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Re: Duh, woops!

At 07:57 PM 7/9/97 +0000, you wrote:
>Duh, you'd think I'd know the difference between 850 and 890.  Different
>John Garrett
I began wondering if that was what you meant. The lightning damage at the
base of the WGTR/WSTD/WTTP/WBIV/WBPS #3 tower, plus your comment about the
frequency change, pretty much clinched it for me, even before I saw your
latest post. I gather that the high voltage at the base of that tower was
what made them open the lightning gap and that resulted in the damage. It
took place while the array was still in use on 1060. I guess that any better
repair to the damage would be prohibitively expensive. Still, what's there
now looks pretty mickey-mouse to me. I guess that people doing target
practice with BB guns or shotguns also took out most of the glass feedthrus
in the walls of the other ATU buildings.

Can you answer a question about the WBPS night pattern? I've seen two quite
different renditions of it. The National Radio Club's Night Pattern Book
shows a modified cardioid, which makes sense given that all WBPS must
protect at night is WLS. John Kodis' Web site shows a teardrop, much like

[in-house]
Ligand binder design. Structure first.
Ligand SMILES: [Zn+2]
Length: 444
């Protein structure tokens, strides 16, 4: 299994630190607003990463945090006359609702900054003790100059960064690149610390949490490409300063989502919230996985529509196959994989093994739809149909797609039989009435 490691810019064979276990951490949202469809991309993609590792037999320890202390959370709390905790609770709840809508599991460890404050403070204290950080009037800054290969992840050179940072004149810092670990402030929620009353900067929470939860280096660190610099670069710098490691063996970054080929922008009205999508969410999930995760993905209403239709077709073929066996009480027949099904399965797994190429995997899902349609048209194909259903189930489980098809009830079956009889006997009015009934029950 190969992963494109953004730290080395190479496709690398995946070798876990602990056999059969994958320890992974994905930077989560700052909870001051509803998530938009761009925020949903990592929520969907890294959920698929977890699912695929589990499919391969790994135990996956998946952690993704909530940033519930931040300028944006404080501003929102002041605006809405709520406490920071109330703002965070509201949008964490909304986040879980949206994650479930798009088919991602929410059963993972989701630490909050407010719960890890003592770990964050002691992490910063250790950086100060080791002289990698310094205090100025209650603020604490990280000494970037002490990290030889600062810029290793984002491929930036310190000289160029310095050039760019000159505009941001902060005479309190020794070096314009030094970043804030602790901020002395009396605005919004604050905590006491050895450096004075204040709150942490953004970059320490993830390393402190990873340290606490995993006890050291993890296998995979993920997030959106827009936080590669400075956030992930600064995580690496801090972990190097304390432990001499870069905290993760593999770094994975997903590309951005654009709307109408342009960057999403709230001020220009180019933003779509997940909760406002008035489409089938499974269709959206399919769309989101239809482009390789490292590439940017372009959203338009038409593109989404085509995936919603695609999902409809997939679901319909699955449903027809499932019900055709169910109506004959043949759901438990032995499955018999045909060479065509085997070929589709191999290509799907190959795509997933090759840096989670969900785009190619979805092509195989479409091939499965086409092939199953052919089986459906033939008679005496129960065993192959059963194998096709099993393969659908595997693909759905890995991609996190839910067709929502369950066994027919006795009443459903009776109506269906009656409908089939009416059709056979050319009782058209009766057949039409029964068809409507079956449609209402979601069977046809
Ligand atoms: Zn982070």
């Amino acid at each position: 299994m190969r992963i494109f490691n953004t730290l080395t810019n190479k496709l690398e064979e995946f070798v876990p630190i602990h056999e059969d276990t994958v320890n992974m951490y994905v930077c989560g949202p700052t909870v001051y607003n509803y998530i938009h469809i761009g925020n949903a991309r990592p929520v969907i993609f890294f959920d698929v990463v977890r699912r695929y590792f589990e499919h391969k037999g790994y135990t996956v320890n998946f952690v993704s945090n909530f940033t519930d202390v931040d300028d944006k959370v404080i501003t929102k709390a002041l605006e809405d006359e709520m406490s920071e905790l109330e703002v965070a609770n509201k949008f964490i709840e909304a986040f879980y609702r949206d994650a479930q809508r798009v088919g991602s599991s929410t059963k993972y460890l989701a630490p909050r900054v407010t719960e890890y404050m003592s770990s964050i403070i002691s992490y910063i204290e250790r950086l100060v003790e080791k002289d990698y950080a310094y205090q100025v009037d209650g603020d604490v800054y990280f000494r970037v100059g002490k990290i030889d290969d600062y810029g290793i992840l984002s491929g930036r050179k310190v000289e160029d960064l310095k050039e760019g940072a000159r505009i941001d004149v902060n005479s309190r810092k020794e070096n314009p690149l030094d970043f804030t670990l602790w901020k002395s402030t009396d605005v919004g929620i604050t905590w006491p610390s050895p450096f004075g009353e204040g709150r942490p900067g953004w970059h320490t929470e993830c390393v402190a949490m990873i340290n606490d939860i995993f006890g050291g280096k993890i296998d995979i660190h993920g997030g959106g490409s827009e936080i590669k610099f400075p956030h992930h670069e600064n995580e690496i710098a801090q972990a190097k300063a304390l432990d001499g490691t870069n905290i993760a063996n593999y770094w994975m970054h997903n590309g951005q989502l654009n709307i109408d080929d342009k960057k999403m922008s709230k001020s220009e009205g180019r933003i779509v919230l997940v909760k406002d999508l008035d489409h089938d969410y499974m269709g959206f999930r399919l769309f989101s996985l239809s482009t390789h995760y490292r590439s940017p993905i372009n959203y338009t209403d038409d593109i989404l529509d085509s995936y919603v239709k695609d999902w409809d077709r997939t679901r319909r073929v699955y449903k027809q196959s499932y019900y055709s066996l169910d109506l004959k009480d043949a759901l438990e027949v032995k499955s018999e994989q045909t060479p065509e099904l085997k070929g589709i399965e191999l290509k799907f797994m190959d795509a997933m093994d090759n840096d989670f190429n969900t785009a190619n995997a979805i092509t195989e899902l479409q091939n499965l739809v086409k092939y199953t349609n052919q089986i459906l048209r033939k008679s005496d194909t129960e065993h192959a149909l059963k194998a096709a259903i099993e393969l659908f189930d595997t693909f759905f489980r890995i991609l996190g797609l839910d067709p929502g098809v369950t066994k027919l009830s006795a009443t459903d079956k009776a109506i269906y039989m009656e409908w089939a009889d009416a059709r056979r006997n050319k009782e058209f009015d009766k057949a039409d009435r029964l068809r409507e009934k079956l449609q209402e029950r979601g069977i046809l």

the day pattern but slightly fatter. The teardrop, or something close, is
clearly necessary during the day--to protect WMVU, and to a lesser extent,
WCBS. (I think Kodis' site does not correctly portray the daytime radiation
to the west--the signal in Worcester would be quite listenable were it not
for splatter from WCBS.) But the teardrop night pattern doesn't make a lot
of sense to me. The only reason I can think of for the day and night
patterns being as similar as those shown at the Kodis site is that the
phasing equipment might have been substantially less expensive than if the
patterns were dissimilar.

- -------------------------------
Dan Strassberg (Note: Address is CASE SENSITIVE!)
ALL _LOWER_ CASE!!!--> dan.strassberg@worldnet.att.net
(617) 558-4205; Fax (617) 928-4205